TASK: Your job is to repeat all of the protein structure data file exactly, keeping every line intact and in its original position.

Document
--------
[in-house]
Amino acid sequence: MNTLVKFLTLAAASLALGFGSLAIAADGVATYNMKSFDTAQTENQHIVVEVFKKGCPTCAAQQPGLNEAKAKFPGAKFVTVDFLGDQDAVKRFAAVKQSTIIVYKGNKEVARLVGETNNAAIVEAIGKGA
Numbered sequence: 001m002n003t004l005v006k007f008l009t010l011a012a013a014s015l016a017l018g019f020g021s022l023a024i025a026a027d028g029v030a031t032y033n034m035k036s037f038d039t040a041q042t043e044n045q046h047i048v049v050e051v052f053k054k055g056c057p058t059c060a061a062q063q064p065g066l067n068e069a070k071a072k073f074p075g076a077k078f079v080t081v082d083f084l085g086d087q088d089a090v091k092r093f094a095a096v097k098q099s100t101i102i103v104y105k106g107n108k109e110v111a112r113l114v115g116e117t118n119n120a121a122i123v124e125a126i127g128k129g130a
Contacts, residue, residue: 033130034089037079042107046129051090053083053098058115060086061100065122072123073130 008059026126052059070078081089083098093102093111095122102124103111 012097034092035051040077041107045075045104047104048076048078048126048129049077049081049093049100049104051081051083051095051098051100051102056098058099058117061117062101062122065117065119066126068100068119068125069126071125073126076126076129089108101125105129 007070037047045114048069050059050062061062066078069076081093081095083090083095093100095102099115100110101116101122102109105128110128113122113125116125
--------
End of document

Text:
[in-house]
Amino acid sequence: MNTLVKFLTLAAASLALGFGSLAIAADGVATYNMKSFDTAQTENQHIVVEVFKKGCPTCAAQQPGLNEAKAKFPGAKFVTVDFLGDQDAVKRFAAVKQSTIIVYKGNKEVARLVGETNNAAIVEAIGKGA
Numbered sequence: 001m002n003t004l005v006k007f008l009t010l011a012a013a014s015l016a017l018g019f020g021s022l023a024i025a026a027d028g029v030a031t032y033n034m035k036s037f038d039t040a041q042t043e044n045q046h047i048v049v050e051v052f053k054k055g056c057p058t059c060a061a062q063q064p065g066l067n068e069a070k071a072k073f074p075g076a077k078f079v080t081v082d083f084l085g086d087q088d089a090v091k092r093f094a095a096v097k098q099s100t101i102i103v104y105k106g107n108k109e110v111a112r113l114v115g116e117t118n119n120a121a122i123v124e125a126i127g128k129g130a
Contacts, residue, residue: 033130034089037079042107046129051090053083053098058115060086061100065122072123073130 008059026126052059070078081089083098093102093111095122102124103111 012097034092035051040077041107045075045104047104048076048078048126048129049077049081049093049100049104051081051083051095051098051100051102056098058099058117061117062101062122065117065119066126068100068119068125069126071125073126076126076129089108101125105129 007070037047045114048069050059050062061062066078069076081093081095083090083095093100095102099115100110101116101122102109105128110128113122113125116125